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Xtek awarded $27 million defence contract for drones
Xtek has received a $26.9 million purchase order from the Australian Department of Defence for new small unmanned aerial systems (SUAS), it announced on Thursday. The purchase took the value of orders in hand for its technology division to $35 million, with $47 million in revenue already recognised this financial year, according to the company. CEO Scott Basham said the new order for a mixed fleet of AeroVironment drones would deliver “significantly enhanced tactical reconnaissance and surveillance capabilities” for the Australian military. He added: “This order, combined with the current backlog of Technology Division work that we expect to progressively deliver over the course of the next seven months, will already see XTEK achieve record turnover in excess of $82 million for FY23.” Xtek also said that, with seven months remaining this financial year, it was actively pursuing a “strong pipeline” of opportunities in its ballistic armour division.

The Group of Eight (Go8) universities has welcomed the $15 billion National Reconstruction Fund, the bill of which was introduced to parliament yesterday, saying that it would boost Australia’s sovereign capability in critical sectors. According to the group of the country’s elite universities, the legislation is “a vote of confidence in Australian ideas, innovation and research.” “Our researchers are consistently making ground-breaking discoveries in medical science, renewables and low emission technologies, defence capabilities and enabling capabilities across robotics, AI and quantum, and others, said (Go8) CEO Vicki Thomson. “Strategic investment in priority areas will underscore Australia’s strengths and boost the commercialisation of innovation and technology, which in turn supports new and emerging industries.”

ARENA marks ten-year anniversary 

The Australian Renewable Energy Agency (ARENA) is celebrating its ten-year anniversary, the agency said in a statement this week. ARENA celebrated the milestone at Parliament House in Canberra on Wednesday, alongside the Clean Energy Finance Corporation (CEFC). which is also a decade into its existence. ARENA was established by the federal government on July 1, 2012, and has so far supported 632 projects with $1.96 billion in grant funding, leading to a total investment of almost $8.81 billion in the country’s renewable energy industry. An early achievement for ARENA was helping to kickstart the large scale solar industry in Australia, having funded some of Australia’s earliest large scale solar farms, it said, helping to significantly bring down the cost of large scale solar PV to the point where solar is now the cheapest form of energy available in Australia.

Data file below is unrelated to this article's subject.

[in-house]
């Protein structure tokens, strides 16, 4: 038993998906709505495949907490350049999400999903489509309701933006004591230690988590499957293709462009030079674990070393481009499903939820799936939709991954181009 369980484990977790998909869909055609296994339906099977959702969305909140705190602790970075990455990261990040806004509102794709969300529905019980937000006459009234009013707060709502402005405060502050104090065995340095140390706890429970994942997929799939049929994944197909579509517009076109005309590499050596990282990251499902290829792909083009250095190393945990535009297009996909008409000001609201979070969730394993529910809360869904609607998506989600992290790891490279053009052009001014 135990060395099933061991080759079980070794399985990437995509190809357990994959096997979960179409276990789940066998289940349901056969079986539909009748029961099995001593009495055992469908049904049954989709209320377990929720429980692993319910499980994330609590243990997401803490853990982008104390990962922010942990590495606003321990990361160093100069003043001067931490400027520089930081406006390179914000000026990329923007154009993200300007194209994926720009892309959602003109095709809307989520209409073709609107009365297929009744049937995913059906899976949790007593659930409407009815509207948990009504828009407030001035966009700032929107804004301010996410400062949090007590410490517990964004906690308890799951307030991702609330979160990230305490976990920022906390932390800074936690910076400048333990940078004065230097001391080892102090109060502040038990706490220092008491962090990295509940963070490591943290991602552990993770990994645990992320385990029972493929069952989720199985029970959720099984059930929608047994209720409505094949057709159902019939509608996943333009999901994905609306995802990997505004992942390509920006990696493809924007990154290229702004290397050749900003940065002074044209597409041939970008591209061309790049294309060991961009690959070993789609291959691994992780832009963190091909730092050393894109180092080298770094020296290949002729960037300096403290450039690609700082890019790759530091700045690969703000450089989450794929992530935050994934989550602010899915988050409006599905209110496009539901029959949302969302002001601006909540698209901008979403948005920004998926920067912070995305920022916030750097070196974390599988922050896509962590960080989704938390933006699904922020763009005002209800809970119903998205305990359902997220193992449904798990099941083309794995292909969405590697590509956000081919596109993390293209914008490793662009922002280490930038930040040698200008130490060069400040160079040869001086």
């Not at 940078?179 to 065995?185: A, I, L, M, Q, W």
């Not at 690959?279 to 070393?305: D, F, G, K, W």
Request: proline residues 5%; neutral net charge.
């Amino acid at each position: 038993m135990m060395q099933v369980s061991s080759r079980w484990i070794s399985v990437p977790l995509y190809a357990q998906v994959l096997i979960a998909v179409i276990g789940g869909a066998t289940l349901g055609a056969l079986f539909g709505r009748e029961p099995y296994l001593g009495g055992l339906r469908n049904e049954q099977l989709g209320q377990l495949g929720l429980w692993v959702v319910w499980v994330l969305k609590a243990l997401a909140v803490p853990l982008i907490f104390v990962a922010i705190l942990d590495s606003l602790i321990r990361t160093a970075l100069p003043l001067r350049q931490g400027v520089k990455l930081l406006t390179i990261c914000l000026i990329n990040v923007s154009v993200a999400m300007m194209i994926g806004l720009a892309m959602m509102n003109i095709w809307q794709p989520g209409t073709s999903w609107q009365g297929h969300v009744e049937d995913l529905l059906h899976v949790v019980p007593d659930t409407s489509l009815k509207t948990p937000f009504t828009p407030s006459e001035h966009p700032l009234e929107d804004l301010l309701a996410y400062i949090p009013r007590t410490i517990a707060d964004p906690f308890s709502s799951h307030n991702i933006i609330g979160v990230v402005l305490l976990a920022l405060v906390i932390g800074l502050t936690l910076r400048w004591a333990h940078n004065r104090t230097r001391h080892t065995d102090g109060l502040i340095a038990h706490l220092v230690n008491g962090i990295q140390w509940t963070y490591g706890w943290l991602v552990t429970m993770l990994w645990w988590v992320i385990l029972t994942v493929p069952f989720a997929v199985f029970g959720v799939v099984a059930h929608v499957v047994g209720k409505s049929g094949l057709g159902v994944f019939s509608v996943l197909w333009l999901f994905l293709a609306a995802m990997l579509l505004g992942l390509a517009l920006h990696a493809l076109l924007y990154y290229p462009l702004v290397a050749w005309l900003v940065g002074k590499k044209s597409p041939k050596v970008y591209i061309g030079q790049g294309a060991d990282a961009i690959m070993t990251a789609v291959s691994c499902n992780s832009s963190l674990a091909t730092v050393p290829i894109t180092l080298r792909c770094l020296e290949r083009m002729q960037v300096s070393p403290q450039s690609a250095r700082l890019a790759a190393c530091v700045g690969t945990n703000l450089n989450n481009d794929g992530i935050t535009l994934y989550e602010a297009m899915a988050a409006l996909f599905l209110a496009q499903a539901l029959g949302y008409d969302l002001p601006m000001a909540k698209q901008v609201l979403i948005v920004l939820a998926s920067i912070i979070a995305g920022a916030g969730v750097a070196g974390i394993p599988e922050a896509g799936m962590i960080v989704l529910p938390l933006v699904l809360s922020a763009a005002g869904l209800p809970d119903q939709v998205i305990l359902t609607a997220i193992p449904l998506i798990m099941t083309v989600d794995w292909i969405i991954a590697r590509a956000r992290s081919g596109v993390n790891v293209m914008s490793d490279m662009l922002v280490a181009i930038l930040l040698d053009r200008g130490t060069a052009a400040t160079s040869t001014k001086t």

STA makes case for battery manufacture

Federal politicians heard that Australia needs to seize the moment to become a global battery manufacturer to power the next wave of renewable energy development at an event this week organised by Science & Technology Australia. The “Clean, Green, Energy Technologies” event enjoyed a “huge turnout from Parliamentarians” according to STA, including industry minister Ed Husic, shadow science minister Paul Fletcher, housing minister Julie Collins, and independent MPs Zali Steggall and Allegra Spender, and Senator David Pocock. A panel presentation “highlighted that the technology that powers the world’s solar panels was developed in Australia more than three decades ago” though was commercialised overseas, and that Australia “has the resources and expertise to develop onshore battery manufacturing, but without the right policy settings and sufficient market capital there was a risk that this intellectual property, too, could be developed by our economic competitors.”

Picture: Professor Lachlan Blackhall of The Australian National University; Director of storEnergy Professor Maria Forsyth; ARC Future Fellow, Superstar of STEM and hydrogen expert Dr Jessica Allen; and the Executive Director of Original Power and Yorta Yorta descendant Karrina Nolan (credit STA)



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